Another interesting event will take place in Berlin on October 20th. Oren Bar-Gill (NYU, Harvard) will be talking about 'The Future of Consumer Law'. Looking forward to that!

Consumer's right to information about medicine's side effects - AG Szpunar in Novo Nordisk Pharma (C-310/13)

11 June 2014: AG Szpunar in case Novo Nordisk Pharma (C-310/13)

Today, AG Szpunar issued an opinion regarding interpretation of Article 13 of the Product Liability Directive (No 85/374). Article 13 determines the scope of the Directive's application, where it should not affect any rights that an injured person may have pursuant to a national special liability system existing at the moment of this Directive's notification to the Member States.

In the given case, Ms. S, domiciled in Germany, claimed that she was injured through the use of a medicinal product (Levemir) introduced on the market by Novo Nordisk Pharma. German law excludes the application of the Directive in cases of damage to consumer's health resulting from a use of medicines, since to these cases a special system of liability applies, as established by the Arzneimittelgesetz ("AMG") prior to the implementation of the Directive in German law (Par. 84 and Par. 84a AMG). To claim compensation under this liability system the consumer may demand from the pharma company information on the known to the pharma company side effects of that medicine, potential interactions, and all other test results as well as data about consequences of using this medicine on human health, as long as this data may influence the assessment of whether the health damage resulted from the use of the medicine in the given case. Novo Nordisk Pharma refused to comply with its obligation to provide this information and appealed the need to do so. BGH asks the CJEU whether the German system of liability applicable to damage to consumer's health resulting from the use of medicines falls outside the scope of the Directive and, therefore, may be regulated independently from its provisions. Clearly, without her right to this information Mrs. S would be unlikely to prove that she suffered any damage due to her use of the medicine, since it would be hard for her to find sufficient scientific evidence. Therefore, if the CJEU would exclude the application of the AMG's provisions to this case, consumers could be devoid of necessary protection against faulty medicines.

AG Szpunar looks at the text of Article 13 and concludes that it means to allow consumers to use an alternative compensation scheme that predated the Directive. (Par. 28) However, pursuant to AG Szpunar literal interpretation of this provision points out that with regards to the special liability systems (like AMG), the Directive limits the possibility to use them only to circumstances when the rights of consumers under such special liability systems existed at the time of the Directive's implementation. It is not, therefore, the special liability system that needed to be in force prior to the Directive's implementation but consumer's entitlement to claim certain rights under this system. (Par. 30-32) Due to such interpretation, it will not be possible for one Member State (Germany) with regards to one production sector (medicine products) to differentiate and further develop a liability system. (Par. 37) This would mean that since Mrs S rights under the AMG system arose after the Directive's implementation, she could not claim her damages using AMG's provisions.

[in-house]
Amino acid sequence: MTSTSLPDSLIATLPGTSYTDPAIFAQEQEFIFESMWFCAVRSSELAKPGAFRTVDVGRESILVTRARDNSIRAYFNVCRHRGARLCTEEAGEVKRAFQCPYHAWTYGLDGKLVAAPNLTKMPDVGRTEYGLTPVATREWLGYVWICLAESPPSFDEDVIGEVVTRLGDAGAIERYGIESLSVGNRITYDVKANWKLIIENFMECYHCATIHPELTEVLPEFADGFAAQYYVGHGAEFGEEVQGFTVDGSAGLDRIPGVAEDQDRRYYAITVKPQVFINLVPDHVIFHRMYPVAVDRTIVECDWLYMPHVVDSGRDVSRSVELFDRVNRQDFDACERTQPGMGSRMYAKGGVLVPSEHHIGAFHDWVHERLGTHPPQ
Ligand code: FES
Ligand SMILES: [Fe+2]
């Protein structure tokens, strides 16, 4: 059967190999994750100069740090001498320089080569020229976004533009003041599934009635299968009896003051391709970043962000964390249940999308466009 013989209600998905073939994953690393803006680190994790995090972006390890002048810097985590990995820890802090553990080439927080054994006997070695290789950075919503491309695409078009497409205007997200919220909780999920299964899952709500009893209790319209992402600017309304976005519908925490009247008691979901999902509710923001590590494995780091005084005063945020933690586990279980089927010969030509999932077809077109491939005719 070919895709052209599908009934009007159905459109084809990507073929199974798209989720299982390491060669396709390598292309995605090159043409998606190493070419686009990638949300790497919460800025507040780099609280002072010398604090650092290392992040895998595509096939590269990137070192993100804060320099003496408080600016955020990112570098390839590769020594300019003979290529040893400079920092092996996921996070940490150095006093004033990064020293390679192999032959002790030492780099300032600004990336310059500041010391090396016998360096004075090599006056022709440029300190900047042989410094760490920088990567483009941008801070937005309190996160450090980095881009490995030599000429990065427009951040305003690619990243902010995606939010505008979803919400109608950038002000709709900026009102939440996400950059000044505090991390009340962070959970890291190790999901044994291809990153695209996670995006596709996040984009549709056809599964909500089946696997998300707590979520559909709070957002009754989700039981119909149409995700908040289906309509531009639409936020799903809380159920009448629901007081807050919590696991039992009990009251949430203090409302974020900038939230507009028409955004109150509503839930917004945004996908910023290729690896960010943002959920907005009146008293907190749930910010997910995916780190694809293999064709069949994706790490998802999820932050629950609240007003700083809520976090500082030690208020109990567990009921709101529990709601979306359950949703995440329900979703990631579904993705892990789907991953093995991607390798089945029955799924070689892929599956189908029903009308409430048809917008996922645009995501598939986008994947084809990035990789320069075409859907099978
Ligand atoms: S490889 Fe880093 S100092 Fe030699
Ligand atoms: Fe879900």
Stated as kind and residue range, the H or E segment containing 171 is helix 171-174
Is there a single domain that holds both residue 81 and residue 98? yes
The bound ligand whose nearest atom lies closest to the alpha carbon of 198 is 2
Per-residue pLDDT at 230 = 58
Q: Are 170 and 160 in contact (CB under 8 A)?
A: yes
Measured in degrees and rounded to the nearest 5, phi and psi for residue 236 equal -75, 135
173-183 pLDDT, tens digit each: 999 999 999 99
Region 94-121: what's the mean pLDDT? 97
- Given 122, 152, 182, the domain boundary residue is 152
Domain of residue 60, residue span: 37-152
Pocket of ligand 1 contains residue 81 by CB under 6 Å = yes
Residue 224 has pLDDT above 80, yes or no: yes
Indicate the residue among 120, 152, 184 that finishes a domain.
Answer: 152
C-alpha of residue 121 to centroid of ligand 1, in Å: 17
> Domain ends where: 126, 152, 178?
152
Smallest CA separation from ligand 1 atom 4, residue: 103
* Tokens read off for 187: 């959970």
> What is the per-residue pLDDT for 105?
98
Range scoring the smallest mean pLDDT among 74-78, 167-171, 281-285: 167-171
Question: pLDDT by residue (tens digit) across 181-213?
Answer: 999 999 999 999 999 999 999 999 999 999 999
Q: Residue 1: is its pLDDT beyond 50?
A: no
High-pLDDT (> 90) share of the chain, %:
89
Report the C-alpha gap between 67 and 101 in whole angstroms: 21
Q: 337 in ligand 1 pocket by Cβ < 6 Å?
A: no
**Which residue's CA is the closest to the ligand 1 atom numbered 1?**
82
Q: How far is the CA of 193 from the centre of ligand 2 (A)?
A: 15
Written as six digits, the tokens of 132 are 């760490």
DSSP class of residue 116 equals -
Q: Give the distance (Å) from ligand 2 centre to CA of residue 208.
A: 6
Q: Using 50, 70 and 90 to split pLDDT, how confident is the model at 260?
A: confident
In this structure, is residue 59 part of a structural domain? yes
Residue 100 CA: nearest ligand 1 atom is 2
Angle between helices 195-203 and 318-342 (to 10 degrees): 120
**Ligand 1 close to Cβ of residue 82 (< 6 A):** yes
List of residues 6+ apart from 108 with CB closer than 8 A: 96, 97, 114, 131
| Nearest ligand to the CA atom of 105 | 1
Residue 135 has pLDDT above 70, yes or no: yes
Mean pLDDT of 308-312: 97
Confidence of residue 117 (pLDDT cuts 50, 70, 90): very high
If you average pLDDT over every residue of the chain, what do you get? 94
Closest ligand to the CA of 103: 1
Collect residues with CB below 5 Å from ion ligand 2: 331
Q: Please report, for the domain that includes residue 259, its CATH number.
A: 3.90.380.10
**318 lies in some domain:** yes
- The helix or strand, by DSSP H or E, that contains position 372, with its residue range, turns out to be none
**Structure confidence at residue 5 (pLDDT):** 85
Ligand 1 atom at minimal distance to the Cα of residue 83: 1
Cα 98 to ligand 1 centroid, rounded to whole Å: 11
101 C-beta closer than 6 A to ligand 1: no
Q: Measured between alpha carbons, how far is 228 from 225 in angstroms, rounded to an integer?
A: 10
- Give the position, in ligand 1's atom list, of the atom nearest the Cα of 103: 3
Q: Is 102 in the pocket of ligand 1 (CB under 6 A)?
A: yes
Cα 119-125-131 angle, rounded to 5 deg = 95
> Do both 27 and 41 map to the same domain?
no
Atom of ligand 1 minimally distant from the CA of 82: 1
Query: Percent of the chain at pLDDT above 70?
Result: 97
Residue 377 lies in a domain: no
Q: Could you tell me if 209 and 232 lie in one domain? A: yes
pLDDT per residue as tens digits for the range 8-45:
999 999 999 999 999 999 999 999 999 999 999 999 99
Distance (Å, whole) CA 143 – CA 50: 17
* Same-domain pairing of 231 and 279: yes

At the same time, however, AG Szpunar remarks that the duty to inform by a pharma company as established in Par. 84a AMG has not been subject to any direct regulation in the Directive. (Par. 45) If a consumer is given a right to information it will enable her to easier prove the defect in a medicine that could have contributed to the health damage. The burden of proof is regulated by Article 4 of the Directive. This Article specifies what the consumer needs to prove to claim damages in product liability cases but it does not determine the methods thereof. The consumer's right to information as established in Par. 84a AMG does not reverse the burden of proof but is only meant to alleviate it, by balancing the information asymmetry between consumers and pharma companies. (Par. 46) As unregulated by the Directive, this matter may, therefore, be left to the national law's discretion. (Par. 47) Consequently, even if Mrs S would now be forced to claim her damages under the Product Liability Directive's scheme, she should still be able to benefit from the right of information as established in Par. 84a AMG to help her prove her damage.

Tuesday, 10 June 2014

What you don't negotiate can't hurt you?

Lawrence Solum's Legal Theory Blog pointed our attention to an interesting new paper by Tess Wilkinson-Ryan presenting 'A psychological account of consent to fine print'. The abstract reads as follows:

'The moral and social norms that bear on contracts of adhesion suggest a deep ambivalence. Contracts are perceived as serious moral obligations, and yet they must be taken lightly or everyday commerce would be impossible. Most people see consent to boilerplate as less meaningful than consent to negotiated terms, but they nonetheless would hold consumers strictly liable for both. This Essay aims to unpack the beliefs, preferences, assumptions, and biases that constitute our assessments of assent to boilerplate. Research suggests that misgivings about procedural defects in consumer contracting weigh heavily on judgments of contract formation, but play almost no role in judgments of blame for transactional harms. Using experimental methods from the psychology of judgment and decision-making, I test the psychological explanations for this disjunction, including motivated reasoning and reliance on availability heuristics. Many commentators have argued that even though it is true that disclosures are probably ineffective, they “can’t hurt.” I conclude with a challenge to that proposition — I argue that the can’t-hurt attitude may lead to overuse of disclosures that do not affect consumer decision-making, but have implicit effects on the moral calculus of transactional harms.'